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[Yap State News Brief] Future Of Treaty Between US, FSM Governments Discussed

 

Resource: Yap State News Brief (2016/2/23)

Hagatna, Guam (KUAM News, Feb. 22, 2016) — What does the future hold between the Federated States of Micronesia and the United States? That’s the question dozens of FSM citizens posed before a panel of government officials during a forum over the weekend.

“I want to make something very clear,” stated Lorin Robert, FSM foreign affairs secretary. “This Resolution 19-155, is a draft resolution – that means it’s not a reality yet.” It’s a reality many citizens of the Federated States of Micronesia are having a hard time trying to imagine. Resolution 19-155 was introduced in November last year and would terminate the Compact of Free Association between the United States and the FSM no later than 2018.

During a forum over the weekend, Leo Falcam, Jr., the FSM president’s chief of staff, says if the entire Compact is terminated, it will have an effect of benefits for FSM citizens. “Those affects are fairly far reaching, especially when it comes to immigrations and those programs our citizens can take advantage of when they’re living abroad in the United States or its territories, so those are things that are being looked at very carefully because it does not mean necessarily that people start getting deported,” he said.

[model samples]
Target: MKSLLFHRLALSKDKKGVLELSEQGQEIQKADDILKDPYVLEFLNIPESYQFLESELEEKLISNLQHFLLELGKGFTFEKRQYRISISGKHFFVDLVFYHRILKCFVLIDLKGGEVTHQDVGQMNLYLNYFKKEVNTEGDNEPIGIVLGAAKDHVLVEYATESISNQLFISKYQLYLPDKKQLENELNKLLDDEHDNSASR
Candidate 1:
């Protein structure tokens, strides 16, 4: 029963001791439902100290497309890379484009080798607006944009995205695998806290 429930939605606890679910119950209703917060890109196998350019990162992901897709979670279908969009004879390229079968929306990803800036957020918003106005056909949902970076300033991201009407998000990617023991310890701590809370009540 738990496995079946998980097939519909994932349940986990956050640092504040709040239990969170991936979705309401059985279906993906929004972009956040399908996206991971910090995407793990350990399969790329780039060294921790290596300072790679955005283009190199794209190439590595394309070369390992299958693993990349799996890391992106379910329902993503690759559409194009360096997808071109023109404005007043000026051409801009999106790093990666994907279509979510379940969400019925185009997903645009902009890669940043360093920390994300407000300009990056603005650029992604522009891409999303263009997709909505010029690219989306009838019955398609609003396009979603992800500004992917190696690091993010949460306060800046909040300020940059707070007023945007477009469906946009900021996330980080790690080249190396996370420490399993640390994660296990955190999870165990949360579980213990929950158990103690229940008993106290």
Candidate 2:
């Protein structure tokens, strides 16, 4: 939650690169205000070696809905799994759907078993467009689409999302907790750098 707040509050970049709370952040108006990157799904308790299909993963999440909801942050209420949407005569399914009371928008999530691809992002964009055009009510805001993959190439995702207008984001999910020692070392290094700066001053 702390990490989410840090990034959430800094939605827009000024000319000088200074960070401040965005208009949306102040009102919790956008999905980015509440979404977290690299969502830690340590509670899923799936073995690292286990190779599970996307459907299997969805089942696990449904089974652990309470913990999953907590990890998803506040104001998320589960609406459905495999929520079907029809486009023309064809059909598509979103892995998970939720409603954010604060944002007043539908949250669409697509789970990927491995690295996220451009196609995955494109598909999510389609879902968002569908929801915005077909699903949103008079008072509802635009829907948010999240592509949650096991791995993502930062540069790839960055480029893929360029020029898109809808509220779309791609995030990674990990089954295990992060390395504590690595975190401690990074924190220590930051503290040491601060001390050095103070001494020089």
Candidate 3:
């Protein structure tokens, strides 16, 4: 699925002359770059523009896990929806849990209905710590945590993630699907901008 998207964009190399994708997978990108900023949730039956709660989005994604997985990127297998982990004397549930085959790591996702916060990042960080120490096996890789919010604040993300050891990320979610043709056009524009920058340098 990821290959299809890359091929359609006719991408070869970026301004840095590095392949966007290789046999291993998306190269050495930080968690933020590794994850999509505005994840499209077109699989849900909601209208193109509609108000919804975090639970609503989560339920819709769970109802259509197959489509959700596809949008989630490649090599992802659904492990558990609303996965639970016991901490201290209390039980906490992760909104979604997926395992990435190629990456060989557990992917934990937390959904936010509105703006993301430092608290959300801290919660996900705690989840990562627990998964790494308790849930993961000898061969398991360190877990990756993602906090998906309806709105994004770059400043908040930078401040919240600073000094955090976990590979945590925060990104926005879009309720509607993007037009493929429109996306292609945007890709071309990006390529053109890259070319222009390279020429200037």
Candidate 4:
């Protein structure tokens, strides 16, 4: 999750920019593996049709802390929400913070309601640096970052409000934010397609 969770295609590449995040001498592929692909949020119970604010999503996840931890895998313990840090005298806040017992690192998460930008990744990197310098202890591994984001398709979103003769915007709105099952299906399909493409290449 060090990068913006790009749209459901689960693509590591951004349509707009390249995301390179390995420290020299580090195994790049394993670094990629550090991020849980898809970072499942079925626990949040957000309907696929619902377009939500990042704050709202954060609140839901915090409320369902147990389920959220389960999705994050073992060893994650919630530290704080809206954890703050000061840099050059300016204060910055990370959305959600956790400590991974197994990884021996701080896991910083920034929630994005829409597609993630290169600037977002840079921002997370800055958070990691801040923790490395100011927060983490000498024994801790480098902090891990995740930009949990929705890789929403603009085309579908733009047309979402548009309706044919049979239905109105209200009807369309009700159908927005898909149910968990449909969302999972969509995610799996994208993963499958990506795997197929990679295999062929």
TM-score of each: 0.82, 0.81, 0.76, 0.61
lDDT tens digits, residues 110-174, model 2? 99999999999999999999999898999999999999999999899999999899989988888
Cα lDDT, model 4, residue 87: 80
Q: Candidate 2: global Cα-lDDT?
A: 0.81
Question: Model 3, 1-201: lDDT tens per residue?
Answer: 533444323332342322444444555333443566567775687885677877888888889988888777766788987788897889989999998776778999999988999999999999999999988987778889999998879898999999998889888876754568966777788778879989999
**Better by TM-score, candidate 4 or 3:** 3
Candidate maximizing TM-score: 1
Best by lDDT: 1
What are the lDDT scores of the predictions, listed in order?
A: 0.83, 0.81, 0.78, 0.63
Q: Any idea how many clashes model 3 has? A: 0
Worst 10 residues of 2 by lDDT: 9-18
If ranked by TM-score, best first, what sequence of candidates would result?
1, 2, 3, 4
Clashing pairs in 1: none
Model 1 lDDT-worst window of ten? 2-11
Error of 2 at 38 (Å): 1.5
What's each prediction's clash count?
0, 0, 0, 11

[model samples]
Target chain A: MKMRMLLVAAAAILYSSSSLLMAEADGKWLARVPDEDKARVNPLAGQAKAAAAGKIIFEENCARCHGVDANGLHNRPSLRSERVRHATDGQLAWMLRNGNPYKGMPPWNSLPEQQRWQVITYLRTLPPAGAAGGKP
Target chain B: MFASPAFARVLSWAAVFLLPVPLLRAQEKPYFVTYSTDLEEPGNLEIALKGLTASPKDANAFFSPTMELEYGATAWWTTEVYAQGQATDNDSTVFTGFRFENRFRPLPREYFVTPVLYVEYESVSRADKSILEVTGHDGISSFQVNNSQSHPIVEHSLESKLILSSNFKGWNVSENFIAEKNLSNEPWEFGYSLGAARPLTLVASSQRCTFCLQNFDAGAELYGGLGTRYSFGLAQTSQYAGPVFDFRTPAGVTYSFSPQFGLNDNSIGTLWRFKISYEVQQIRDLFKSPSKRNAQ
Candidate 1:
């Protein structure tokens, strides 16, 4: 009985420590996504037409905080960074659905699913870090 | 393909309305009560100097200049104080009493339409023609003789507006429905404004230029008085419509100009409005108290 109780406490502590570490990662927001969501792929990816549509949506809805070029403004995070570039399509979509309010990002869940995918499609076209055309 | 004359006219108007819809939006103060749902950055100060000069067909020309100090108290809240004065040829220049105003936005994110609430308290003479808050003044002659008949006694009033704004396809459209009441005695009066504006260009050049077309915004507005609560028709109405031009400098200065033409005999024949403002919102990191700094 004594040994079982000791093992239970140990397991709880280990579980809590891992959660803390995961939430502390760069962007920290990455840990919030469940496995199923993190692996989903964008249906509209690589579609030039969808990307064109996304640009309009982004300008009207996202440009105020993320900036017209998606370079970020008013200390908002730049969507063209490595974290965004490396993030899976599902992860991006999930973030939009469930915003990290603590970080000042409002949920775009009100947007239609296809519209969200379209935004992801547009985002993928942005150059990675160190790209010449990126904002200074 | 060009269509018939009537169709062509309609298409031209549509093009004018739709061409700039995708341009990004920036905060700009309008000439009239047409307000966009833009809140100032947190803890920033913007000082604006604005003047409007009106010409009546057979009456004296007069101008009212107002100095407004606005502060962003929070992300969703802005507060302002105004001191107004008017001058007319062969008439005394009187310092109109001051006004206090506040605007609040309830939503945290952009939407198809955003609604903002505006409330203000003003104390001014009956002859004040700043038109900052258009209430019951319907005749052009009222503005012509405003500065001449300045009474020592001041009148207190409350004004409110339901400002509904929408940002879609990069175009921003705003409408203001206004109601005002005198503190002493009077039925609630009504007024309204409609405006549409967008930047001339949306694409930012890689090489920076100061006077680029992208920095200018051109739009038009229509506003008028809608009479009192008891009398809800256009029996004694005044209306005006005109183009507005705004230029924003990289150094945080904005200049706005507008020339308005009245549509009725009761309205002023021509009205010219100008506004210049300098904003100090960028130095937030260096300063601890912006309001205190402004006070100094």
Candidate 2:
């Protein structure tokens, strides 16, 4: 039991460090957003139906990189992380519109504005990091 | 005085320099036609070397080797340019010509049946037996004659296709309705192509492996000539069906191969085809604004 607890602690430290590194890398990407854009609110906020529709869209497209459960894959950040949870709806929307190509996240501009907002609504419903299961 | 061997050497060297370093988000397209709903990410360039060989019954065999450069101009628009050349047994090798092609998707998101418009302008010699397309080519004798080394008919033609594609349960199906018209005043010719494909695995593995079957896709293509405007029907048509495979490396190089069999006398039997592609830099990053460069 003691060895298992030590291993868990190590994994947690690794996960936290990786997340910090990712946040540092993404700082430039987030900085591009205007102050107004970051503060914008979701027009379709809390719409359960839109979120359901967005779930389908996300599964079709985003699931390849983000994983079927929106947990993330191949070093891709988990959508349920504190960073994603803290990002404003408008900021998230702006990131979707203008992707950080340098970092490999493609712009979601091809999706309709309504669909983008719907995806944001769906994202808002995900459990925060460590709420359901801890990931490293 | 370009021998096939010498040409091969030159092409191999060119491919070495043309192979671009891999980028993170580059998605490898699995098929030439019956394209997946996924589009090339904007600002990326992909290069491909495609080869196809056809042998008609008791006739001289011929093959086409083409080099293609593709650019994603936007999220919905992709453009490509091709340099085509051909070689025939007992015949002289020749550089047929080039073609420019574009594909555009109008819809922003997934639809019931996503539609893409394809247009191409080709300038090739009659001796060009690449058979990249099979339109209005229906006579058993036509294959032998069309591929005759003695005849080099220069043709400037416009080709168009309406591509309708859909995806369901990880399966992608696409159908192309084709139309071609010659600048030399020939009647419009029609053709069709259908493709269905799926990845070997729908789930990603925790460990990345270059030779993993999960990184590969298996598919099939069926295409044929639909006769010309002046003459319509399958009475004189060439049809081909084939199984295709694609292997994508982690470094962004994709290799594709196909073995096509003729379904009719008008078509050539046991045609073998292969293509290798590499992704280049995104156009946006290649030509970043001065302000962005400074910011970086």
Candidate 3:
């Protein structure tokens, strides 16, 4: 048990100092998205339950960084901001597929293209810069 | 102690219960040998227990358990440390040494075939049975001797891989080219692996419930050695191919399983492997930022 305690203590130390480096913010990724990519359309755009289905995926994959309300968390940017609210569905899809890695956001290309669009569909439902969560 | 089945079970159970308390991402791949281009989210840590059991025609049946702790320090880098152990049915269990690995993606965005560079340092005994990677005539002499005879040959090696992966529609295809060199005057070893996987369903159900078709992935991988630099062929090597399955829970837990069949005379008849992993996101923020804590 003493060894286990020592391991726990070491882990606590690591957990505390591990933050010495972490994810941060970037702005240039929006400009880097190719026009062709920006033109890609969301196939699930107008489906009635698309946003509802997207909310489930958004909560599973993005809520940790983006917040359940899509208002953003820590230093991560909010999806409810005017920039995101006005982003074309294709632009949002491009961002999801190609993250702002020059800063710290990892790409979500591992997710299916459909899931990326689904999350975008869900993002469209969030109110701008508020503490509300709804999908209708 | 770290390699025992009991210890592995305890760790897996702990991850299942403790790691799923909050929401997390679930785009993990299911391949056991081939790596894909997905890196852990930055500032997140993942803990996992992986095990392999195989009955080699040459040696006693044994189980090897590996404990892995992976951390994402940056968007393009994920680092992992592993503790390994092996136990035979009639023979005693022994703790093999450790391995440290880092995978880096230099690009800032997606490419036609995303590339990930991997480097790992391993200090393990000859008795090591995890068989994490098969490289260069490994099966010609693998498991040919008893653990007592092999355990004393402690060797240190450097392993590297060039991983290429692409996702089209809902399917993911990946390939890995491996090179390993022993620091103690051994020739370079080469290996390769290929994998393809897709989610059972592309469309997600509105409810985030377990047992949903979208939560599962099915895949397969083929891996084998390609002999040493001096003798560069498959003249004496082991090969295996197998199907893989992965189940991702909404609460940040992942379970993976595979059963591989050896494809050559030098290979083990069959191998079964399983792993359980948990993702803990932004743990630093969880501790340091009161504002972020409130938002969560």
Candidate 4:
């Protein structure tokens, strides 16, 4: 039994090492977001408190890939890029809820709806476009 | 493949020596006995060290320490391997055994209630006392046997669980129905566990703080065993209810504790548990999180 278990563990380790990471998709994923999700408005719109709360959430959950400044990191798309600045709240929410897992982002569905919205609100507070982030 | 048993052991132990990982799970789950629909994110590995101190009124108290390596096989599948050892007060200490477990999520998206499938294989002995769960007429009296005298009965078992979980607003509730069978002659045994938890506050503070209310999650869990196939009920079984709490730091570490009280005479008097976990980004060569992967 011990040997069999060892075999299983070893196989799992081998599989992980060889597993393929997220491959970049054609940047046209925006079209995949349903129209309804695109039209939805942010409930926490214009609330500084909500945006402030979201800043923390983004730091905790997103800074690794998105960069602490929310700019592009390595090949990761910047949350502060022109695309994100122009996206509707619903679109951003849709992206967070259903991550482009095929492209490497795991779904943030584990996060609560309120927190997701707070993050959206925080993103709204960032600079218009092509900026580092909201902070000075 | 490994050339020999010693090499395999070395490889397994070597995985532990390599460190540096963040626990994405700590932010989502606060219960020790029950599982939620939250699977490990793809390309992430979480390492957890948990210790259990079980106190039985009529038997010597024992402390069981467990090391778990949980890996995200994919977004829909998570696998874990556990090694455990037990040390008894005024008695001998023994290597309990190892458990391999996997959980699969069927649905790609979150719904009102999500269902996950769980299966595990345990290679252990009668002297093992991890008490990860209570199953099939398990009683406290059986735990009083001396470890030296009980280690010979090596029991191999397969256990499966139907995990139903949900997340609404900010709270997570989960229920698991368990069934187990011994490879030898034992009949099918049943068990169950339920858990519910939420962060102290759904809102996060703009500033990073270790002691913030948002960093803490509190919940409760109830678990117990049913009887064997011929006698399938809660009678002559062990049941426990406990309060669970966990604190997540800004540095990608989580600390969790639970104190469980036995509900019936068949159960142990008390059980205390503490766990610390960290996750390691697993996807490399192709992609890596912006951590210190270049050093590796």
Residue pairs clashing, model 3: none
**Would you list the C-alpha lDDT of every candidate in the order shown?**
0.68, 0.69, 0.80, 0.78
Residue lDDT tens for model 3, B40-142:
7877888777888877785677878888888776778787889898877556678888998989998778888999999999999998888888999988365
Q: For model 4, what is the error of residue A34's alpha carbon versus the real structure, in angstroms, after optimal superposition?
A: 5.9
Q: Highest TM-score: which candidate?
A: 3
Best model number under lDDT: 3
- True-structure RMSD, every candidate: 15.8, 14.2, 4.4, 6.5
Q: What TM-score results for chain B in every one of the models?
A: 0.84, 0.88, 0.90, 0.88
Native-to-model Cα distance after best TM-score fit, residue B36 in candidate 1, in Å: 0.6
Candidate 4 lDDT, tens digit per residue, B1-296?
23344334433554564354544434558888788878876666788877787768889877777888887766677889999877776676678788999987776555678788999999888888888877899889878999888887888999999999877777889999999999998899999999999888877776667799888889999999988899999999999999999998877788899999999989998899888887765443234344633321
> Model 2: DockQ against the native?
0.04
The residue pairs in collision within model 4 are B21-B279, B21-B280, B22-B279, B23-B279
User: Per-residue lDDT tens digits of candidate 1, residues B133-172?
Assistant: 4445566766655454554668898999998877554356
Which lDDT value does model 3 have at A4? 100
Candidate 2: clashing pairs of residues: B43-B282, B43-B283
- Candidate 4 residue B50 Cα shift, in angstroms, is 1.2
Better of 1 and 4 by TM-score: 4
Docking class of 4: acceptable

Other questions ranged from political status, being a sovereign country, security and federal funding. Speaking of funding, officials noted a bigger concern aside from the resolution is what happens in 2023 – when the financial component of the Compact is set to end. At this time, a trust fund, that the US and FSM governments have been contributing to since 2004, will kick-in.

Former FSM ambassador to the US Asterio Takesy says it might not be enough, adding, “What we will receive from that account will not equal what we are receiving today from the US grants. It will be short by approximately 30-40% of what we receiving today. That is a serious deficit in terms of government services.”

The officials noted the FSM does receive some economic assistance from foreign donors and bilateral partners. And while none of the FSM senators behind the resolution were present, Guam senator Frank Blas, Jr. was and gave his support on finding ways to not only address concerns but help build economies in the region. “My presence is to show you that Guam here, your government here has just as much concern with it as your government back home and you can rest assured,” he said.

Officials noted while the resolution only requests for the FSM president to terminate the Compact, it would actually have to be mutually agreed by both the US and the FSM. That would also involve a plebiscite with the four island states of Yap, Pohnpei, Kosrae and Chuuk.

Resource: Yap State News Brief (2016/2/23)

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